Benefits of a Raised Garden Bed
Raised gardens are a great way to grow vegetables and flowers. Here are some of the benefits of a raised bed:
1. Less weeds – since you have control of the soil weeds are less of an issue and easier to control
2. Animal control – if your raised bed is high enough it will be automatically protected from skunks, gophers and possum. You can also build a cover using chicken wire to protect young plants from squirrels and raccoons.
3. Easy to work – Soil is less compact making it easier to work
4. Extend Growing Season – Raised beds warm up quickly and freeze later. That means you can get a head start on the growing season and do more succession planting. It is also easier to cover if there is a risk of frost.
5. Less bending – Saves back strain and makes working in the garden more pleasant.
6. Start with great soil – When planting a garden directly in the ground, you start with the soil that’s already there, and that soil might not be ideal for gardening. However, when working with a raised garden bed, you choose the soil.
7. Location – Choose a place that gets at least 6 hours of sun per day, away from tree roots on a flat surface. Being able to place your bed ensures the best location for growing.
8. Wheelchair access – Raised beds allow those who are wheelchair bound to garden with ease.
9. Better aeration and drainage – The soil used in a raised bed allows for better aeration and drainage as compared to growing on the ground.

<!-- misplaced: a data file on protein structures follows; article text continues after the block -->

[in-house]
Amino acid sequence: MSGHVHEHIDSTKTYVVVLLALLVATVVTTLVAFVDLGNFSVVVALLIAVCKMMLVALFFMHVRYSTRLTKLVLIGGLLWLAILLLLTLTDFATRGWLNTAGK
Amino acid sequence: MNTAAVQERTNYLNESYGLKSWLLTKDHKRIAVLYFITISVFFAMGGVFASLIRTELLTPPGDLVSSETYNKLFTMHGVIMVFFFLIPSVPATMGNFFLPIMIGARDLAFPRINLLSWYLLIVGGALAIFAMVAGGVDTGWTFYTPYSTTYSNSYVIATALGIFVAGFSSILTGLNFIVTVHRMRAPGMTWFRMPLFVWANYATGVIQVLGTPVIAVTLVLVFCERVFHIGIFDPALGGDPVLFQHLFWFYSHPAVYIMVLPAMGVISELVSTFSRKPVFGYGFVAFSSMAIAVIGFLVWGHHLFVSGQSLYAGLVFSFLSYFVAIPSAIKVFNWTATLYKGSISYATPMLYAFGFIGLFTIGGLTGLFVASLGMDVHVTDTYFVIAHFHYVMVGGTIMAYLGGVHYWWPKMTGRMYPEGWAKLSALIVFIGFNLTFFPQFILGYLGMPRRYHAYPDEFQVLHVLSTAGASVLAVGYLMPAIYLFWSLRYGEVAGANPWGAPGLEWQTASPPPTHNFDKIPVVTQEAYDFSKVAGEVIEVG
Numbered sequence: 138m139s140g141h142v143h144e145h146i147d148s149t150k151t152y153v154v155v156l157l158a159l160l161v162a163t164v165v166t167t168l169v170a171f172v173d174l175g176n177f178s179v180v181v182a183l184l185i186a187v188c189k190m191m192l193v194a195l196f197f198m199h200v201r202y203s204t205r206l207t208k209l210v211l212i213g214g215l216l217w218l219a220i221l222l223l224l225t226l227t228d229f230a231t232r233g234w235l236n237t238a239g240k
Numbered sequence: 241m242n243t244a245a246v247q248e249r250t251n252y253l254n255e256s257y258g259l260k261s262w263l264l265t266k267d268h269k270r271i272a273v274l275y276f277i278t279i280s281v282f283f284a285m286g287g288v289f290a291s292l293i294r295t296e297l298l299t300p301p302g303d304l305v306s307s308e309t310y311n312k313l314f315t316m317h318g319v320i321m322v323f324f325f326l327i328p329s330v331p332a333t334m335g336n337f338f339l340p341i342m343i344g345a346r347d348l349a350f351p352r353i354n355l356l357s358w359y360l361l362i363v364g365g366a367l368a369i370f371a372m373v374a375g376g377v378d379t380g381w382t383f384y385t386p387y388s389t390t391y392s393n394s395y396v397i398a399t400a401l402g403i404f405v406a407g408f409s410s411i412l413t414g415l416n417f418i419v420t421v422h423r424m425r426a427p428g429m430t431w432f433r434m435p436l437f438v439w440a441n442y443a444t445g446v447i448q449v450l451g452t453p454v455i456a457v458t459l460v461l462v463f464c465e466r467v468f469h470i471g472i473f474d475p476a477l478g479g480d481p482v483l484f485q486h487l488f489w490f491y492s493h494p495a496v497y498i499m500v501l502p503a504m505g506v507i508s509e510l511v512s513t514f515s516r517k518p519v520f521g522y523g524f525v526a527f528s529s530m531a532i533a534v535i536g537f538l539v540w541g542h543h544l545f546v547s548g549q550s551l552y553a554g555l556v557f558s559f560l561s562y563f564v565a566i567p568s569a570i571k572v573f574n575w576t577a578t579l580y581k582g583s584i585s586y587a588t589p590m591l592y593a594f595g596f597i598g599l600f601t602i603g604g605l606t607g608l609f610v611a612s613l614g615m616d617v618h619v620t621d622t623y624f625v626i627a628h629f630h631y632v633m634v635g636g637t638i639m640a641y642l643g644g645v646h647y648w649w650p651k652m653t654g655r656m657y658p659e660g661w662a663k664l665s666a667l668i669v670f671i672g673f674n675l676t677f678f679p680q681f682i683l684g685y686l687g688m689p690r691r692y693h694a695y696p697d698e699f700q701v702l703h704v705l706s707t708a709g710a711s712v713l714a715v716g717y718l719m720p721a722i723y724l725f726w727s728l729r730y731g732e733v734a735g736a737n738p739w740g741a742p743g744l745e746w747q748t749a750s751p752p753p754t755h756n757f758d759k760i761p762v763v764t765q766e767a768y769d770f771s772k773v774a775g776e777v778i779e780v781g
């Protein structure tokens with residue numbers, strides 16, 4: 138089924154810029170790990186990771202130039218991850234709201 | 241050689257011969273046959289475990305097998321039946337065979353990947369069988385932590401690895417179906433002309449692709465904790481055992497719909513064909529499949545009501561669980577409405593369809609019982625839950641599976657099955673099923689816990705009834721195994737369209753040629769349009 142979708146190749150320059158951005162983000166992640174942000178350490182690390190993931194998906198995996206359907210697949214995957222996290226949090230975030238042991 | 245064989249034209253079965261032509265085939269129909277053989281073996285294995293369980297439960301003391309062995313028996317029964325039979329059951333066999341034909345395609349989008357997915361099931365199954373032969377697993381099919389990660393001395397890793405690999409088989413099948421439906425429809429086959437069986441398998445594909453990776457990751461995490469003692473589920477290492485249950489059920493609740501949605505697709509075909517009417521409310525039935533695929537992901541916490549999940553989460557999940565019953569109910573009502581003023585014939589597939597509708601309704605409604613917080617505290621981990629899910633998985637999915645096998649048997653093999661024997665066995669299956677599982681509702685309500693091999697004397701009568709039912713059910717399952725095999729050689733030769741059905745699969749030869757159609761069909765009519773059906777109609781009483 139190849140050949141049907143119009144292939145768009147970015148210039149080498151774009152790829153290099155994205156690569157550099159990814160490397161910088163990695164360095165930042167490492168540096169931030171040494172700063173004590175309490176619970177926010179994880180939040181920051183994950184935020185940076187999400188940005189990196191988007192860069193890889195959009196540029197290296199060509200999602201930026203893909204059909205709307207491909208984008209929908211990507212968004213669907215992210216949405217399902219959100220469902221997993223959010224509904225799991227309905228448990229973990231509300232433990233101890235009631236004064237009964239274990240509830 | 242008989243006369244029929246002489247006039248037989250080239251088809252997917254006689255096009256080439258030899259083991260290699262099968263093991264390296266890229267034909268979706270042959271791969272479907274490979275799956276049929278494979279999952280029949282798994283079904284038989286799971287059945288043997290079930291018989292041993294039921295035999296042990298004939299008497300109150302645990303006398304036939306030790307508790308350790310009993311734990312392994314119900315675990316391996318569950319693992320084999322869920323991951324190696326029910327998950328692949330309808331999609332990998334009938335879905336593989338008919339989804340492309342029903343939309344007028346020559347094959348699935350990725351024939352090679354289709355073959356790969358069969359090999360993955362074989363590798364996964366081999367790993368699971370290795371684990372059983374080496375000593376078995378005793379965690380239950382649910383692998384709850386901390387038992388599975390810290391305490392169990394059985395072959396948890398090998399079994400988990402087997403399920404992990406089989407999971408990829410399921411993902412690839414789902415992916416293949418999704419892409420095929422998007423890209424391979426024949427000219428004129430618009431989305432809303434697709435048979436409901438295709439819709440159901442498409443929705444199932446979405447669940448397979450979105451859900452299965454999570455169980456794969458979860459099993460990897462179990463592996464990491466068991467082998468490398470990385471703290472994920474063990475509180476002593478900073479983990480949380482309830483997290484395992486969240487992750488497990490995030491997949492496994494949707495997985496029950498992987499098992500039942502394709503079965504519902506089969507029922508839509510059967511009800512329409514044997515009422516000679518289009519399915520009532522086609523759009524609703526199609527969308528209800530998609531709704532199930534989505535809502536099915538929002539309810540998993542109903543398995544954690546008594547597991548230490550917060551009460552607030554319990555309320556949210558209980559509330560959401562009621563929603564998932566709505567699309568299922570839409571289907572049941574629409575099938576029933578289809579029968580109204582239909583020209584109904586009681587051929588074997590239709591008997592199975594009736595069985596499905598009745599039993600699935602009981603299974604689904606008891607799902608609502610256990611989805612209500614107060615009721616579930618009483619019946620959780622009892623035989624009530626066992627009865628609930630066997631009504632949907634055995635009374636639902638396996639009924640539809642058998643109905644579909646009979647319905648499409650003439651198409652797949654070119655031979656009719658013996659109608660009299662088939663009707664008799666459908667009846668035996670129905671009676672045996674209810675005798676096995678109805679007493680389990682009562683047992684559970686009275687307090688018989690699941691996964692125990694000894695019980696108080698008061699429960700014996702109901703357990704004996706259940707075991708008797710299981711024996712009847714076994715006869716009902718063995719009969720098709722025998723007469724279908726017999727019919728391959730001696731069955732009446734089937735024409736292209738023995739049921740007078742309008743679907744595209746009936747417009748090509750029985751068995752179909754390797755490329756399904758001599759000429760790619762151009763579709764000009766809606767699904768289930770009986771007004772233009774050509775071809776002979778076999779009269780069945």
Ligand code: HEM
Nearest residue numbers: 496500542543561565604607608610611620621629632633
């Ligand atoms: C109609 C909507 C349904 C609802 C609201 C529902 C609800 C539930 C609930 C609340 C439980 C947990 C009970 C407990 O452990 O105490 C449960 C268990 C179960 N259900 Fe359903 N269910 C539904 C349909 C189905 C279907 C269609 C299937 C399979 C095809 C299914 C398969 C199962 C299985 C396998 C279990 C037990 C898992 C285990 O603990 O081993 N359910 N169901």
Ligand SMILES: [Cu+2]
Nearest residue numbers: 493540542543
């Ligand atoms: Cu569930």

10. No soil compaction – Since you can’t walk on it, it cannot become compacted.
11. Higher yields – Raised beds offer richer soil allowing for better yields. Square foot gardening is also an option.
12. Water with ease – You know exactly where to water and no water is wasted.
13. Go vertical – A variety of trellis or climbing materials can be added to grow up instead of out.
How to Build a Raised Garden
A. 6 – 1 X 10 X 8 – Common pine boards
A1. 2 of these cut in half for the ends (4 pieces)
B. 2 – 2 X 2 X 6 – Common pine boards
C. 3 – 2 X 4 X 4 – Common pine boards
C1. Cut into 6 – 21 inch pieces – supports
Chicken wire – 2 – 4 1/2 foot strips
Deck screws – about 20
Do not use pressure treated wood, it can leach chemicals into the soil. Common pine or cedar boards are recommended. Most lumbar stores will cut the wood for a minimal cost.
Make the ends first by attaching 2 parts (A1) to 2 parts C1. (C1) will have an extra inch which can either be used to bury into the ground for extra support or be used to attach a cover or vertical support. Do this twice.
Attach 2 of the (A) boards to side. Attaching the bottom piece first is the easiest. Do this twice.
Attach 2 supports (C1) in the middle (Middle (C1) supports not shown in photo). You now have a basic frame.
Staple about 2 – 4 ½ foot pieces of chicken wire to both ends of (B). Screw (B)’s to inside of end and you now have a raised bed. Be sure to place on flat surface that gets at least 6 hours of sunlight per day. It is also important to have a path around the bed to walk.
Soil for a Raised Garden Bed
Most important factor for a raised bed is that the soil is friable. Friable soil is crumbly in texture.
Before adding soil, you should place a bottom layer of cardboard, brown bags, newspaper or garden fabric to prevent weeds.
There are a few formulas for raised bed soil.
The most common combination for raised beds is an equal amount of:
1/3 Peat Moss
Compost can be from your own, purchased or can be animal compost
Coconut coir is more sustainable and can be used instead of peat moss
Pro-Mix is a formula that contains both vermiculite and peat moss already mixed. This can be used along with compost to create a fantastic mix.
Make Your Own Compost